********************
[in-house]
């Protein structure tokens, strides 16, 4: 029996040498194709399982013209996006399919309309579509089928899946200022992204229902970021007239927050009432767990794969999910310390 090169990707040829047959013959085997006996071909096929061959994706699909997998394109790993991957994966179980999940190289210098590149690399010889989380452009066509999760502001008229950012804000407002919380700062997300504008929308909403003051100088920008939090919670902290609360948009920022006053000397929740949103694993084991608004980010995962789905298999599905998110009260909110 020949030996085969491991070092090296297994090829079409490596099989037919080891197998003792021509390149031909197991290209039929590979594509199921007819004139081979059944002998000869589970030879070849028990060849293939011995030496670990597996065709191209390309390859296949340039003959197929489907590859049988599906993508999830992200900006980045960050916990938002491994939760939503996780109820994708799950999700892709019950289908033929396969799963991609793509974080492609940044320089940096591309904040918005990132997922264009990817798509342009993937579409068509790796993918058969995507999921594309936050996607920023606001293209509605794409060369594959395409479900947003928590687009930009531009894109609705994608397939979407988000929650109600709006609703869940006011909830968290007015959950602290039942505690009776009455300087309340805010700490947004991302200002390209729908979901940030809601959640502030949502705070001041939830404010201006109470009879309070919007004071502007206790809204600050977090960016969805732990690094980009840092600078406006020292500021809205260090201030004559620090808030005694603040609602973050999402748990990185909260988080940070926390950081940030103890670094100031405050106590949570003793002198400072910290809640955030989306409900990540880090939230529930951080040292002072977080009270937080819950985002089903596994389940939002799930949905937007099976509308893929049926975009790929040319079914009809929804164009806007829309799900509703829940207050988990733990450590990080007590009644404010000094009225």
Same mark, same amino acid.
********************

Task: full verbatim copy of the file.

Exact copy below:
[in-house]
């Protein structure tokens, strides 16, 4: 029996040498194709399982013209996006399919309309579509089928899946200022992204229902970021007239927050009432767990794969999910310390 090169990707040829047959013959085997006996071909096929061959994706699909997998394109790993991957994966179980999940190289210098590149690399010889989380452009066509999760502001008229950012804000407002919380700062997300504008929308909403003051100088920008939090919670902290609360948009920022006053000397929740949103694993084991608004980010995962789905298999599905998110009260909110 020949030996085969491991070092090296297994090829079409490596099989037919080891197998003792021509390149031909197991290209039929590979594509199921007819004139081979059944002998000869589970030879070849028990060849293939011995030496670990597996065709191209390309390859296949340039003959197929489907590859049988599906993508999830992200900006980045960050916990938002491994939760939503996780109820994708799950999700892709019950289908033929396969799963991609793509974080492609940044320089940096591309904040918005990132997922264009990817798509342009993937579409068509790796993918058969995507999921594309936050996607920023606001293209509605794409060369594959395409479900947003928590687009930009531009894109609705994608397939979407988000929650109600709006609703869940006011909830968290007015959950602290039942505690009776009455300087309340805010700490947004991302200002390209729908979901940030809601959640502030949502705070001041939830404010201006109470009879309070919007004071502007206790809204600050977090960016969805732990690094980009840092600078406006020292500021809205260090201030004559620090808030005694603040609602973050999402748990990185909260988080940070926390950081940030103890670094100031405050106590949570003793002198400072910290809640955030989306409900990540880090939230529930951080040292002072977080009270937080819950985002089903596994389940939002799930949905937007099976509308893929049926975009790929040319079914009809929804164009806007829309799900509703829940207050988990733990450590990080007590009644404010000094009225």
Same mark, same amino acid.